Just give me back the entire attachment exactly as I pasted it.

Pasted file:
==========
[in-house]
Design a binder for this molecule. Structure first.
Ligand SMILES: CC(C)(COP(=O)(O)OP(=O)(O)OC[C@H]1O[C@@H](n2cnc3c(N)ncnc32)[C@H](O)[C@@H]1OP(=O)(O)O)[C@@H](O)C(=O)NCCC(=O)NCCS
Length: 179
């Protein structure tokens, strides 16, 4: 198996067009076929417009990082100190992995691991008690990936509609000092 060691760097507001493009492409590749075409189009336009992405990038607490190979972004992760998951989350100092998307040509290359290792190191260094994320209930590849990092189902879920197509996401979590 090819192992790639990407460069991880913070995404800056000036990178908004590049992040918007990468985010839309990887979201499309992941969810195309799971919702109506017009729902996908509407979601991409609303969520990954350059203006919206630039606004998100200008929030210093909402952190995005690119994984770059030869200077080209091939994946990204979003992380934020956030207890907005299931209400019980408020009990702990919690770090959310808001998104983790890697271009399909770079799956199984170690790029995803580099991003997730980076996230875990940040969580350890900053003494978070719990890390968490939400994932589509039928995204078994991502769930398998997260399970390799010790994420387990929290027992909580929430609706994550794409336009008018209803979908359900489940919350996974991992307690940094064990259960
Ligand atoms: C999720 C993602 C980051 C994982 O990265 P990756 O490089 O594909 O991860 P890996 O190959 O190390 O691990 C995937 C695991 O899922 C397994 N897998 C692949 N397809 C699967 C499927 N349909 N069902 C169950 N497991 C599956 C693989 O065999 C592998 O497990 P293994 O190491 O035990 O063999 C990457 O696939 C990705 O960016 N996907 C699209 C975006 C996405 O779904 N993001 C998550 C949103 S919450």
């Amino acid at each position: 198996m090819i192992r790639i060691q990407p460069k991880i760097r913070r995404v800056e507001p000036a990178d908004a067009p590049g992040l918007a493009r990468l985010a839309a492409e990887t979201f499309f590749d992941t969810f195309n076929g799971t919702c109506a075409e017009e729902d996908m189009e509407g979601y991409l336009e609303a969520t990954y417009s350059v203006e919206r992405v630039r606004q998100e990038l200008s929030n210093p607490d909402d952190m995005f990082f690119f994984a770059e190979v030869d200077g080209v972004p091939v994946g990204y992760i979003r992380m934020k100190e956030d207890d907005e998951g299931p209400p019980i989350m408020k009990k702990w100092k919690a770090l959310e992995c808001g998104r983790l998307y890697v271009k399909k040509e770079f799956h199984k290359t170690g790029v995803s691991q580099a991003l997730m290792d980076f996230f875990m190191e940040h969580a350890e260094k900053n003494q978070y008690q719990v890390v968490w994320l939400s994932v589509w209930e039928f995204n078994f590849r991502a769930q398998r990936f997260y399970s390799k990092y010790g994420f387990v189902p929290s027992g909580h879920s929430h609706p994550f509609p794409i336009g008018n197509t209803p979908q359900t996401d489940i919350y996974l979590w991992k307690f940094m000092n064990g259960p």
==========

[in-house]
Design a binder for this molecule. Structure first.
Ligand SMILES: CC(C)(COP(=O)(O)OP(=O)(O)OC[C@H]1O[C@@H](n2cnc3c(N)ncnc32)[C@H](O)[C@@H]1OP(=O)(O)O)[C@@H](O)C(=O)NCCC(=O)NCCS
Length: 179
């Protein structure tokens, strides 16, 4: 198996067009076929417009990082100190992995691991008690990936509609000092 060691760097507001493009492409590749075409189009336009992405990038607490190979972004992760998951989350100092998307040509290359290792190191260094994320209930590849990092189902879920197509996401979590 090819192992790639990407460069991880913070995404800056000036990178908004590049992040918007990468985010839309990887979201499309992941969810195309799971919702109506017009729902996908509407979601991409609303969520990954350059203006919206630039606004998100200008929030210093909402952190995005690119994984770059030869200077080209091939994946990204979003992380934020956030207890907005299931209400019980408020009990702990919690770090959310808001998104983790890697271009399909770079799956199984170690790029995803580099991003997730980076996230875990940040969580350890900053003494978070719990890390968490939400994932589509039928995204078994991502769930398998997260399970390799010790994420387990929290027992909580929430609706994550794409336009008018209803979908359900489940919350996974991992307690940094064990259960
Ligand atoms: C999720 C993602 C980051 C994982 O990265 P990756 O490089 O594909 O991860 P890996 O190959 O190390 O691990 C995937 C695991 O899922 C397994 N897998 C692949 N397809 C699967 C499927 N349909 N069902 C169950 N497991 C599956 C693989 O065999 C592998 O497990 P293994 O190491 O035990 O063999 C990457 O696939 C990705 O960016 N996907 C699209 C975006 C996405 O779904 N993001 C998550 C949103 S919450």
């Amino acid at each position: 198996m090819i192992r790639i060691q990407p460069k991880i760097r913070r995404v800056e507001p000036a990178d908004a067009p590049g992040l918007a493009r990468l985010a839309a492409e990887t979201f499309f590749d992941t969810f195309n076929g799971t919702c109506a075409e017009e729902d996908m189009e509407g979601y991409l336009e609303a969520t990954y417009s350059v203006e919206r992405v630039r606004q998100e990038l200008s929030n210093p607490d909402d952190m995005f990082f690119f994984a770059e190979v030869d200077g080209v972004p091939v994946g990204y992760i979003r992380m934020k100190e956030d207890d907005e998951g299931p209400p019980i989350m408020k009990k702990w100092k919690a770090l959310e992995c808001g998104r983790l998307y890697v271009k399909k040509e770079f799956h199984k290359t170690g790029v995803s691991q580099a991003l997730m290792d980076f996230f875990m190191e940040h969580a350890e260094k900053n003494q978070y008690q719990v890390v968490w994320l939400s994932v589509w209930e039928f995204n078994f590849r991502a769930q398998r990936f997260y399970s390799k990092y010790g994420f387990v189902p929290s027992g909580h879920s929430h609706p994550f509609p794409i336009g008018n197509t209803p979908q359900t996401d489940i919350y996974l979590w991992k307690f940094m000092n064990g259960p």